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Improvements relating to packaging of potatoes

Potatoes are often sold in sealed packs formed from a transparent plastics material which is liberally punctured with relatively large holes to allow the pack to "breathe", which is believed to be necessary in order to minimise deterioration of the product. However, packaging in a transparent bag provided with air holes tends to encourage greening and sprouting of the potatoes due to the exposure to light under normal atmospheric conditions. If potatoes are packed in a totally sealed and close fitting bag, then the potatoes will deteriorate rapidly due to anaerobic bacterial action.
It is an object of this invention to provide a means of packaging potatoes which enables them to be maintained for useful periods of time without significant deterioration.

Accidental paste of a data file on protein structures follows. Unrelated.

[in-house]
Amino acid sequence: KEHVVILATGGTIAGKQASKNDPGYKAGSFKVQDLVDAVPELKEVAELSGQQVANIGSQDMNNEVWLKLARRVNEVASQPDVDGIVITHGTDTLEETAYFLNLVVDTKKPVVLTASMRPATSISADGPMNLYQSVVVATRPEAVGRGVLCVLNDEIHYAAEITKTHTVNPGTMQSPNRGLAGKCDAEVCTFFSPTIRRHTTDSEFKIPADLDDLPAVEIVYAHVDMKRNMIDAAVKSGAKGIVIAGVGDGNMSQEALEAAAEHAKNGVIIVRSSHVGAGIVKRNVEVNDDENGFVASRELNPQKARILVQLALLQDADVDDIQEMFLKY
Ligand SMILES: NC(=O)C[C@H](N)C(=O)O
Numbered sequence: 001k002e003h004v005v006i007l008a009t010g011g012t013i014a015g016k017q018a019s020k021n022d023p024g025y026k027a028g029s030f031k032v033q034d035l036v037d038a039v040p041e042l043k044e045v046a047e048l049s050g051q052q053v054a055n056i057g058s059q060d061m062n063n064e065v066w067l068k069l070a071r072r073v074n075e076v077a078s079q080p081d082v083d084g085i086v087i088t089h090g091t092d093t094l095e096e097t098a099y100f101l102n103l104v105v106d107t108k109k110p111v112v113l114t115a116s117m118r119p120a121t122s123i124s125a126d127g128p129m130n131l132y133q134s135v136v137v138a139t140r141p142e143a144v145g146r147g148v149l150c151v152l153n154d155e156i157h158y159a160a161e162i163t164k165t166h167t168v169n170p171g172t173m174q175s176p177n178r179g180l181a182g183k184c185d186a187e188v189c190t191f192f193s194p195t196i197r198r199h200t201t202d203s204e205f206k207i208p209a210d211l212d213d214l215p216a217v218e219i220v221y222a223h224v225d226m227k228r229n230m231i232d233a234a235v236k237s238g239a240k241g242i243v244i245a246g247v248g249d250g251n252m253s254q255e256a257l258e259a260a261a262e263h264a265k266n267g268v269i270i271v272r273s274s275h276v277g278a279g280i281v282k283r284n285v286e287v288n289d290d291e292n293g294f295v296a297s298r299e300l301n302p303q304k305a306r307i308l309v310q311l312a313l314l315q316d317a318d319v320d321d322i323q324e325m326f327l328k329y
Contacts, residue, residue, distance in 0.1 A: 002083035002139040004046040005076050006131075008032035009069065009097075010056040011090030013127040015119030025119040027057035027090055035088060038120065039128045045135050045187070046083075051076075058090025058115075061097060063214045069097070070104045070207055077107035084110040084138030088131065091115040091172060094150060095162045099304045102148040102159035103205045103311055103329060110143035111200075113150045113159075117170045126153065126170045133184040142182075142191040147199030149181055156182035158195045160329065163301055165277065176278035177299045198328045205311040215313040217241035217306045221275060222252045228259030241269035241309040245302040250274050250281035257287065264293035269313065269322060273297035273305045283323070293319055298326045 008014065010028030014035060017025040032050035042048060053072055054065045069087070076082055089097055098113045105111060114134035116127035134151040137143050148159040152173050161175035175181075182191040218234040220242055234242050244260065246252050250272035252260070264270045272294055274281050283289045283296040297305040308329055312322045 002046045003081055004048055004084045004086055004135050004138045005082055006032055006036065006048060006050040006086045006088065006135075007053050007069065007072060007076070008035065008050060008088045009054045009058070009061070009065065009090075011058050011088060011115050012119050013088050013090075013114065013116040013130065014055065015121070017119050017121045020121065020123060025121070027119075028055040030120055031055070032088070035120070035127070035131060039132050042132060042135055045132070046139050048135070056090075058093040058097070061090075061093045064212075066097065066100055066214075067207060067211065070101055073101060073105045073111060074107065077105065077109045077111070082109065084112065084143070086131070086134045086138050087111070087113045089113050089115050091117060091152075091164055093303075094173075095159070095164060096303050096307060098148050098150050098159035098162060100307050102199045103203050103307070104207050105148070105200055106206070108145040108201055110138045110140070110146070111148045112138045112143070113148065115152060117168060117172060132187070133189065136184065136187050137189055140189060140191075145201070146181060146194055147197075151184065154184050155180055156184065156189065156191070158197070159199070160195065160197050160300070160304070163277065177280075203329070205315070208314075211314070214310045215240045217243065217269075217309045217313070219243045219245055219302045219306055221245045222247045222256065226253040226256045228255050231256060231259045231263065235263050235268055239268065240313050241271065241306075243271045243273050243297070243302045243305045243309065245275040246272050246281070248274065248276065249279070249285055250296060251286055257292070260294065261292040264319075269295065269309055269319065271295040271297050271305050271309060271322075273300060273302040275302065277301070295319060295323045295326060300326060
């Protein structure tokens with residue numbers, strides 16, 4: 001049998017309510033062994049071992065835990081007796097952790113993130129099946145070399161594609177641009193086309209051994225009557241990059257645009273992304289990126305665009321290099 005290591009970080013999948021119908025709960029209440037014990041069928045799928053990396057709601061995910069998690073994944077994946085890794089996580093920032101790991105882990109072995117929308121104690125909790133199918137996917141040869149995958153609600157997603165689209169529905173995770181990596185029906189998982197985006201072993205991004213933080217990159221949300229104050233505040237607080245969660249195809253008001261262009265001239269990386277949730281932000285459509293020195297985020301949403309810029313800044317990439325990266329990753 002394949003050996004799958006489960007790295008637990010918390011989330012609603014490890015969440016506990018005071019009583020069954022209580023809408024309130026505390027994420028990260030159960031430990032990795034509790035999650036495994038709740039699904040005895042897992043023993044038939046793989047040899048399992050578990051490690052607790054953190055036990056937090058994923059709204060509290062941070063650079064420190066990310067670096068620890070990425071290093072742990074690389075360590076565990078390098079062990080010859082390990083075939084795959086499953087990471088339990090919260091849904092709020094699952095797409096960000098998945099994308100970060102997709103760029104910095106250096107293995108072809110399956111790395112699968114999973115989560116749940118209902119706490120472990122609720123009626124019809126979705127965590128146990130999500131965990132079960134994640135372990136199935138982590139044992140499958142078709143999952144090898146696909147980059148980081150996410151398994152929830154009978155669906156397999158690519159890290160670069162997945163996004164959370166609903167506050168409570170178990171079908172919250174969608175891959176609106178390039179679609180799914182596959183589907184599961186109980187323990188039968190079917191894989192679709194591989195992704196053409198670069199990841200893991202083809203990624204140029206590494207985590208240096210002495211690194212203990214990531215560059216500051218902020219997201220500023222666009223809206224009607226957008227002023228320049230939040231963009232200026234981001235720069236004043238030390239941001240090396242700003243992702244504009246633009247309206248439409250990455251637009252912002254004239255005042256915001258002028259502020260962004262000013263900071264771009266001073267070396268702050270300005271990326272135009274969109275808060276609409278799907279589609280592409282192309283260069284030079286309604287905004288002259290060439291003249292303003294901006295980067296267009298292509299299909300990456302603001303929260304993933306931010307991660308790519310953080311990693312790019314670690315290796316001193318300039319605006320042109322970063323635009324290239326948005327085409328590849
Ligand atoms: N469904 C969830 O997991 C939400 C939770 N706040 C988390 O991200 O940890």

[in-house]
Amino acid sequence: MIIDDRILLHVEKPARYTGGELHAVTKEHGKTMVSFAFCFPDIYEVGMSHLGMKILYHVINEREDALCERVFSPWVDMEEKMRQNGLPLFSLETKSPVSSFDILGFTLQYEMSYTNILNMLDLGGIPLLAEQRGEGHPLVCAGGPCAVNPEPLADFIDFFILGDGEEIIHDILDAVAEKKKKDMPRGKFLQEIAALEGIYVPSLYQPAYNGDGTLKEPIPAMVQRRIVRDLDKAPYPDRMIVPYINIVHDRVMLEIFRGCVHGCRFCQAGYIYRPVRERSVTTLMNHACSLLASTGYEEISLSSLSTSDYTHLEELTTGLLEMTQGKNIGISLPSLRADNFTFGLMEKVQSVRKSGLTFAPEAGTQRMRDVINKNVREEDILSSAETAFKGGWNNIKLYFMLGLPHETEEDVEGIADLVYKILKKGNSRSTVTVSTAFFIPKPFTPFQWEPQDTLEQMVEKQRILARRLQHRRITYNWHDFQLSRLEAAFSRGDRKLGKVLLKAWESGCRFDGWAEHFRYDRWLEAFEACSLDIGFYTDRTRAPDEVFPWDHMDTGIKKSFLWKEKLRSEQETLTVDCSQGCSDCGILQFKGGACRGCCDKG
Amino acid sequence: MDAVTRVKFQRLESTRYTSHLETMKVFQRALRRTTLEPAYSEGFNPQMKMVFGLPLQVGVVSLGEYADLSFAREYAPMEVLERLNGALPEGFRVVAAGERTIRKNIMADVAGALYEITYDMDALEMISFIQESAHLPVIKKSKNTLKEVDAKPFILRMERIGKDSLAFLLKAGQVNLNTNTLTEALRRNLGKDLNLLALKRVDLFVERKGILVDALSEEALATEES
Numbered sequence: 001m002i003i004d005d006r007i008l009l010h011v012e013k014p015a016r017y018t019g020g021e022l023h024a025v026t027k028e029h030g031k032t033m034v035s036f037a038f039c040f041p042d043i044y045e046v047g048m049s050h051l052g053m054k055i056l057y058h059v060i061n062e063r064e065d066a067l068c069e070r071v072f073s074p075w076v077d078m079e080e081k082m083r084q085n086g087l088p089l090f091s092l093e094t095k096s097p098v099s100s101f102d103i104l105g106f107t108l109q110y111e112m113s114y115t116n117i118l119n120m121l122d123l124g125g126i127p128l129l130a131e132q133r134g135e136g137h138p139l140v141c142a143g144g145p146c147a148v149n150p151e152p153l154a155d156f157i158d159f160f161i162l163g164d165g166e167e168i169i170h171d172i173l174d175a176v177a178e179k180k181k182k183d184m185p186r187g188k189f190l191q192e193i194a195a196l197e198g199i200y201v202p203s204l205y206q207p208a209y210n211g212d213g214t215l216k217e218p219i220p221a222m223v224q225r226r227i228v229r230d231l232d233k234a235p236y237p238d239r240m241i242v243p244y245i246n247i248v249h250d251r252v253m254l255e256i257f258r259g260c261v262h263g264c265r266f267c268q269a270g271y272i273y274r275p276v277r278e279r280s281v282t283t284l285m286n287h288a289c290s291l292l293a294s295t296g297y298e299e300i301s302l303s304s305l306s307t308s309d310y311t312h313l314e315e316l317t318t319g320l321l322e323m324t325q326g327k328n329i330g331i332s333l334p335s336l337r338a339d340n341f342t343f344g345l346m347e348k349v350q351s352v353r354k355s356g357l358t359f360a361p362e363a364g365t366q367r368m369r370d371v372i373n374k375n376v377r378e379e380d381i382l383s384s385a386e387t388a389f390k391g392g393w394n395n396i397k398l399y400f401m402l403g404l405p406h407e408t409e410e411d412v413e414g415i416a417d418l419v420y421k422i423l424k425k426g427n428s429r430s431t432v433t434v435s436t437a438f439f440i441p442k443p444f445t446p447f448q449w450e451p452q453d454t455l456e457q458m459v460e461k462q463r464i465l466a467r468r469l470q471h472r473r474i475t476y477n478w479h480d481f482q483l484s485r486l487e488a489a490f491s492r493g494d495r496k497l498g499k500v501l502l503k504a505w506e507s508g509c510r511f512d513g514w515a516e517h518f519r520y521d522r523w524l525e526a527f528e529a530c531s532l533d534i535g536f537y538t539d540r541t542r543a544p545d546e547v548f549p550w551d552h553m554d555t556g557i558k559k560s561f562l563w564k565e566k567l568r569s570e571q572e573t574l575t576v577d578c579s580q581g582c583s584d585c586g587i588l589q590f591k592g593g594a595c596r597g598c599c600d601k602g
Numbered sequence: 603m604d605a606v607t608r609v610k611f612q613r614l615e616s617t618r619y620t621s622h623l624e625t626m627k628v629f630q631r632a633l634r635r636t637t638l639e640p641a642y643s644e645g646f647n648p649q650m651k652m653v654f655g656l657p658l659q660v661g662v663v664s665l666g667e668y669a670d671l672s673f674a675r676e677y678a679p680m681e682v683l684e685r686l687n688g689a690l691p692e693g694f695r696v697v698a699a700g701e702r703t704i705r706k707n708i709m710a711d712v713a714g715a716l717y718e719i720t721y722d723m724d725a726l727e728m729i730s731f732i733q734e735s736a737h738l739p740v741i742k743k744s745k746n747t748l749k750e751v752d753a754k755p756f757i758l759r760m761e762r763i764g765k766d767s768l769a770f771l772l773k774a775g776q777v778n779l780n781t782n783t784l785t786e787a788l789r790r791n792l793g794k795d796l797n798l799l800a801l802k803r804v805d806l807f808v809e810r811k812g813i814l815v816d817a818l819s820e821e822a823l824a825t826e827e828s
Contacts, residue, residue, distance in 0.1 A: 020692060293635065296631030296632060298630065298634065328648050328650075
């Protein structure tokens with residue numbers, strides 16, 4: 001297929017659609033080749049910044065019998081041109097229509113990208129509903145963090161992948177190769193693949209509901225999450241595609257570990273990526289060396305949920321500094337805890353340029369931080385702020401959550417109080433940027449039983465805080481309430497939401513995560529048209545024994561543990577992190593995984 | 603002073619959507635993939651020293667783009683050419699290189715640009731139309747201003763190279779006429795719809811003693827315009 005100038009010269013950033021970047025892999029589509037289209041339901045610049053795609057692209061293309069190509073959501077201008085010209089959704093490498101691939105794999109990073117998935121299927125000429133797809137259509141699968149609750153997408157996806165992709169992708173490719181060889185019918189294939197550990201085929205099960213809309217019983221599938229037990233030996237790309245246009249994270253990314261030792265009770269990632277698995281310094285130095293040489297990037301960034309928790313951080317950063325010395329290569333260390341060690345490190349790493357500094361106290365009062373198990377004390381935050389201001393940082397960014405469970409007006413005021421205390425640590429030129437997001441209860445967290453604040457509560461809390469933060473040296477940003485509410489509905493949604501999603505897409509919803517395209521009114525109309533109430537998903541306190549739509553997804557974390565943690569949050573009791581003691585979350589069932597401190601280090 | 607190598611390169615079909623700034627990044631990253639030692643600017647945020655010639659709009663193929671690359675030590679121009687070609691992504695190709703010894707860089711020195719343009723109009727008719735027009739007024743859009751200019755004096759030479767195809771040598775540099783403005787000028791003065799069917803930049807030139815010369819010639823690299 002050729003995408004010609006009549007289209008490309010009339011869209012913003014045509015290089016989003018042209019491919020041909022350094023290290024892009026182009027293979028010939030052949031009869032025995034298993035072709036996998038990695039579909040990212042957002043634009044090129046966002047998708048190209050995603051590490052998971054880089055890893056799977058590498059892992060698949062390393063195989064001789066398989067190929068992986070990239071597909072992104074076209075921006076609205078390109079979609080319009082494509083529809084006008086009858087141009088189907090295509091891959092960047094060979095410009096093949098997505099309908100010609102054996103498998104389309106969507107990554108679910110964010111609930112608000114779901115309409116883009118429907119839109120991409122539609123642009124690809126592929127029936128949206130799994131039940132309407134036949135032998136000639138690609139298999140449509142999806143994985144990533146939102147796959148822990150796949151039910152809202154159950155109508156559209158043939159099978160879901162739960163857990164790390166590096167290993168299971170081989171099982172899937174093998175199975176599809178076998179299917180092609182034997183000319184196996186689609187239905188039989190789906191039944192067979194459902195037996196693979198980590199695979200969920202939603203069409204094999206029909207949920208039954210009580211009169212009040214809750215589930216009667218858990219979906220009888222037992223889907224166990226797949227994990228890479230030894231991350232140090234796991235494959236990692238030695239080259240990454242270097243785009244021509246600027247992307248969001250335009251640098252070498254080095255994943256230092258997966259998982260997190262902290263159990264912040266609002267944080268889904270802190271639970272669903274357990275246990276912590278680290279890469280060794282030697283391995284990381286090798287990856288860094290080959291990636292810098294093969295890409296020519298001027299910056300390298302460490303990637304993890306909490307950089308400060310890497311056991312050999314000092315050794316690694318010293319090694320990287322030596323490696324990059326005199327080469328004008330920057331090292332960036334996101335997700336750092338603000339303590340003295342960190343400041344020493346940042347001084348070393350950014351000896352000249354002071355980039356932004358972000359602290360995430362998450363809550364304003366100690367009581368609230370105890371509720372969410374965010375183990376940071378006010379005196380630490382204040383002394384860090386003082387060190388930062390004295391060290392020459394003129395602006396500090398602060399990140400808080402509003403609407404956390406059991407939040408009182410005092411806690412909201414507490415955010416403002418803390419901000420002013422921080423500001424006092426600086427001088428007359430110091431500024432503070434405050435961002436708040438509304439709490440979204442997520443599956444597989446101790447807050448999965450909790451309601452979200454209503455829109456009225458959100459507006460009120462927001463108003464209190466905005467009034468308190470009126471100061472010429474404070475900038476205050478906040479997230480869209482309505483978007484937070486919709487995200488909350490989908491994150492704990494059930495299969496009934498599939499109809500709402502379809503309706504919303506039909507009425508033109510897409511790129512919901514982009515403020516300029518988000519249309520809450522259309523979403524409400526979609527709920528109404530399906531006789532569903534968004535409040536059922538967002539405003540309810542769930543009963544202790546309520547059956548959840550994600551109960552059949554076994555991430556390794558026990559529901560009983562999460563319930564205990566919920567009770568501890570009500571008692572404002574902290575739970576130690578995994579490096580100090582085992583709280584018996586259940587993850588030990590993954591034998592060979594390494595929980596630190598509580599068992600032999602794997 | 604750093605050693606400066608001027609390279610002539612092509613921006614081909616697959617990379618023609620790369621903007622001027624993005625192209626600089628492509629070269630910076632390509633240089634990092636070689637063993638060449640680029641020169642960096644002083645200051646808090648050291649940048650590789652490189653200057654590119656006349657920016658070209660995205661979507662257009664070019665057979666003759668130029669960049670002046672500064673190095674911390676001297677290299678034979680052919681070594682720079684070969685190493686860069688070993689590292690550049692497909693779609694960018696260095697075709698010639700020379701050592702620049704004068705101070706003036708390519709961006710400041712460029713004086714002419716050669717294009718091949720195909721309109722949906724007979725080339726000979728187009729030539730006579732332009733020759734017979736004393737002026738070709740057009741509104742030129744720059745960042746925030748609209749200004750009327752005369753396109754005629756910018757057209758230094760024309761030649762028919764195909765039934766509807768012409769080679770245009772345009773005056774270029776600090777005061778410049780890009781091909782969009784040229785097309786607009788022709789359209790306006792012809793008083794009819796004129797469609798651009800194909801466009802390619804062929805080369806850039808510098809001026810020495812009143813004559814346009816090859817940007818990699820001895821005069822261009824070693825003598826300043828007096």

According to the present invention there is provided a method of packaging potatoes, wherein the potato and atmospheric air, or a comparable oxygen containing gas, are sealed in a pack formed from sheet material which is impermeable to the gas, or semi-permeable to oxygen, such that a predetermined controlled environment is established, with the oxygen volume, at the packing stage, being between about 4 to 15% of the potato volume.
The invention further extends to a pack incorporating potatoes, as created by the packaging method as hereinbefore defined. Such a pack comprises one or more potatoes and atmospheric air, or a comparable oxygen containing gas, sealed in a pack formed from sheet material which is impermeable to the gas, or semi-permeable to oxygen, and containing a predetermined controlled gas environment with an initial oxygen volume between about 4 to 15% of the potato volume.